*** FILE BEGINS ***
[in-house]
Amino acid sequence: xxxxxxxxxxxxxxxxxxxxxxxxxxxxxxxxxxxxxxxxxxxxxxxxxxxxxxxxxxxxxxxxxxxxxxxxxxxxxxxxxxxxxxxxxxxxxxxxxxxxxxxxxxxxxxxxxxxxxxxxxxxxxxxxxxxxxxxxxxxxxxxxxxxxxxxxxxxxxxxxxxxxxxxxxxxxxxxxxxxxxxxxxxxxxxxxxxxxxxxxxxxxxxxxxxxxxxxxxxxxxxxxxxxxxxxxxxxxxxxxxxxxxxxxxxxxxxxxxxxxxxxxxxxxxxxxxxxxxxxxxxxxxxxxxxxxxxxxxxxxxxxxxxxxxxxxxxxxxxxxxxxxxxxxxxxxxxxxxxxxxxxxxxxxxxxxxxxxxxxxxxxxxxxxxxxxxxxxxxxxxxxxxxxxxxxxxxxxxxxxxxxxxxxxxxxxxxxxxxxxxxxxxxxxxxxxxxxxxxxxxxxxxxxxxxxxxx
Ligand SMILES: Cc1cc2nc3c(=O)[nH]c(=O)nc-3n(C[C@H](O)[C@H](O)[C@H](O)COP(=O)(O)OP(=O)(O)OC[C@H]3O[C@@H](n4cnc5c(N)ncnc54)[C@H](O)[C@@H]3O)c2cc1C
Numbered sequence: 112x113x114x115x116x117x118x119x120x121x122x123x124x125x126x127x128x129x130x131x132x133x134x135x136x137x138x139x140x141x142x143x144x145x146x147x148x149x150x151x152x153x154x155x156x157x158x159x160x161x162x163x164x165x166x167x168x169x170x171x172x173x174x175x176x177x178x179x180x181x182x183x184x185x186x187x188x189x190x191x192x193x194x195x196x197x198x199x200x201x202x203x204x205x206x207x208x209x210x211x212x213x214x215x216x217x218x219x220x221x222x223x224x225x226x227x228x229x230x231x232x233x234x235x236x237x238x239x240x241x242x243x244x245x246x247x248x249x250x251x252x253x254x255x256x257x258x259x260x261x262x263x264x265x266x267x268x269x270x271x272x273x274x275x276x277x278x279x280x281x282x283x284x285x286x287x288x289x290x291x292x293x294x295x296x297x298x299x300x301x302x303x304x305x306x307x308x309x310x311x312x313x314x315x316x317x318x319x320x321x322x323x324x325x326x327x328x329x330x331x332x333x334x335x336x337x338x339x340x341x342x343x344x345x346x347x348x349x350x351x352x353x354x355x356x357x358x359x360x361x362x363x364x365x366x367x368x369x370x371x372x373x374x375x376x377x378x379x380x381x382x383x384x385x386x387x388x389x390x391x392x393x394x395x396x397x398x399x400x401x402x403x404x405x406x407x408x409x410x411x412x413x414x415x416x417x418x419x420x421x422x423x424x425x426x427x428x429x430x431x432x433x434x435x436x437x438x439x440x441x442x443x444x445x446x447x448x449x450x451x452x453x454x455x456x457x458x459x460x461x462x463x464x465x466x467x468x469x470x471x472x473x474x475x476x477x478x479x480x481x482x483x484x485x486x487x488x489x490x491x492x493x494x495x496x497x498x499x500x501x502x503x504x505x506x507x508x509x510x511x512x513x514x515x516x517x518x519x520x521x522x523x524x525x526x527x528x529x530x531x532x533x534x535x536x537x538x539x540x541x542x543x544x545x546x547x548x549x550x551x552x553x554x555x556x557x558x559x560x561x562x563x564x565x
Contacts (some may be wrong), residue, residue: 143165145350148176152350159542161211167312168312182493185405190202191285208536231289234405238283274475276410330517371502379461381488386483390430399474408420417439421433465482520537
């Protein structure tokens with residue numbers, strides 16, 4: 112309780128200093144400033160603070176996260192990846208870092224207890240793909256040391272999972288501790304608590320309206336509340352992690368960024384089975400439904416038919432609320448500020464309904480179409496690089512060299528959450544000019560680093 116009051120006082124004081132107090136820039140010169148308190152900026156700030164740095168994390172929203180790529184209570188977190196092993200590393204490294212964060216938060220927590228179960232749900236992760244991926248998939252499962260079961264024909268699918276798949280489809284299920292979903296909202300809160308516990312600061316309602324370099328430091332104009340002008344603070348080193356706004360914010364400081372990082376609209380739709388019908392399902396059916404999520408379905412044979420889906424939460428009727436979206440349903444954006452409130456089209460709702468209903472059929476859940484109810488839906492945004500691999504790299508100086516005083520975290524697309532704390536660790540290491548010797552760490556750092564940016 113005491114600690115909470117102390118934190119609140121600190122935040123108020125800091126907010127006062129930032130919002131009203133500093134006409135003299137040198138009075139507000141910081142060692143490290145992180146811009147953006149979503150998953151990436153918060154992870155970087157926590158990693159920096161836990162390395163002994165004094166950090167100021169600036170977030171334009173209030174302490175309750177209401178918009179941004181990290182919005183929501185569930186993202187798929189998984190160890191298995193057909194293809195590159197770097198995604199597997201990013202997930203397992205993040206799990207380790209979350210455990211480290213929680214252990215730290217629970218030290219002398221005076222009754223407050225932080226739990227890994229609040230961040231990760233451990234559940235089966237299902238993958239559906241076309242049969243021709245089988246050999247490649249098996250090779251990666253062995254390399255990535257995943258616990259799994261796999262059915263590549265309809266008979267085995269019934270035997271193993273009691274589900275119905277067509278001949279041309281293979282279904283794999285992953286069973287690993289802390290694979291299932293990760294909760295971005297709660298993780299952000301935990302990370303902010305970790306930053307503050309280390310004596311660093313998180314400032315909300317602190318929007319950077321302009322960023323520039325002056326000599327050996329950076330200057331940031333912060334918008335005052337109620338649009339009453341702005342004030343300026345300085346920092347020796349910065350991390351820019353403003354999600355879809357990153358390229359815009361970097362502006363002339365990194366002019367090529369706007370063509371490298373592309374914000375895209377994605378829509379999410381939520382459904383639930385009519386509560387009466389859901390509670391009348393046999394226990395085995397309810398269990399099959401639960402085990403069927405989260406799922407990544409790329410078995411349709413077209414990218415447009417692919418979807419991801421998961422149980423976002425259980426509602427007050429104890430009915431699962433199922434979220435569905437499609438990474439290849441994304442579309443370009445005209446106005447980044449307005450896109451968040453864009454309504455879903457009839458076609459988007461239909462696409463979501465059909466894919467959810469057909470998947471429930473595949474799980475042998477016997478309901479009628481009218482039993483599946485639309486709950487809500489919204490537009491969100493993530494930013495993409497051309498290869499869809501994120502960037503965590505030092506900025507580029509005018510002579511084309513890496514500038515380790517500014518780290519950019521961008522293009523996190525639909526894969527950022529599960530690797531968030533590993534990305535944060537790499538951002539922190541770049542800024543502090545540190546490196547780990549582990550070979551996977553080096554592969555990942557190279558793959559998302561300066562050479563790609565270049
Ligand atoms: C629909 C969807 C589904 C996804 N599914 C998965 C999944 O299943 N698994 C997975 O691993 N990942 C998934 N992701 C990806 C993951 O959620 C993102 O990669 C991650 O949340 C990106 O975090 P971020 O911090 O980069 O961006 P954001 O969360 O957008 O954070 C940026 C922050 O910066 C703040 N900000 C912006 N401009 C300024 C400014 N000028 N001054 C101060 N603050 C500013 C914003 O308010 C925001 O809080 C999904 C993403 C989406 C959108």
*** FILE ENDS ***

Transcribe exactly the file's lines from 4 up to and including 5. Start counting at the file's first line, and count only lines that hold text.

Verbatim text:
Numbered sequence: 112x113x114x115x116x117x118x119x120x121x122x123x124x125x126x127x128x129x130x131x132x133x134x135x136x137x138x139x140x141x142x143x144x145x146x147x148x149x150x151x152x153x154x155x156x157x158x159x160x161x162x163x164x165x166x167x168x169x170x171x172x173x174x175x176x177x178x179x180x181x182x183x184x185x186x187x188x189x190x191x192x193x194x195x196x197x198x199x200x201x202x203x204x205x206x207x208x209x210x211x212x213x214x215x216x217x218x219x220x221x222x223x224x225x226x227x228x229x230x231x232x233x234x235x236x237x238x239x240x241x242x243x244x245x246x247x248x249x250x251x252x253x254x255x256x257x258x259x260x261x262x263x264x265x266x267x268x269x270x271x272x273x274x275x276x277x278x279x280x281x282x283x284x285x286x287x288x289x290x291x292x293x294x295x296x297x298x299x300x301x302x303x304x305x306x307x308x309x310x311x312x313x314x315x316x317x318x319x320x321x322x323x324x325x326x327x328x329x330x331x332x333x334x335x336x337x338x339x340x341x342x343x344x345x346x347x348x349x350x351x352x353x354x355x356x357x358x359x360x361x362x363x364x365x366x367x368x369x370x371x372x373x374x375x376x377x378x379x380x381x382x383x384x385x386x387x388x389x390x391x392x393x394x395x396x397x398x399x400x401x402x403x404x405x406x407x408x409x410x411x412x413x414x415x416x417x418x419x420x421x422x423x424x425x426x427x428x429x430x431x432x433x434x435x436x437x438x439x440x441x442x443x444x445x446x447x448x449x450x451x452x453x454x455x456x457x458x459x460x461x462x463x464x465x466x467x468x469x470x471x472x473x474x475x476x477x478x479x480x481x482x483x484x485x486x487x488x489x490x491x492x493x494x495x496x497x498x499x500x501x502x503x504x505x506x507x508x509x510x511x512x513x514x515x516x517x518x519x520x521x522x523x524x525x526x527x528x529x530x531x532x533x534x535x536x537x538x539x540x541x542x543x544x545x546x547x548x549x550x551x552x553x554x555x556x557x558x559x560x561x562x563x564x565x
Contacts (some may be wrong), residue, residue: 143165145350148176152350159542161211167312168312182493185405190202191285208536231289234405238283274475276410330517371502379461381488386483390430399474408420417439421433465482520537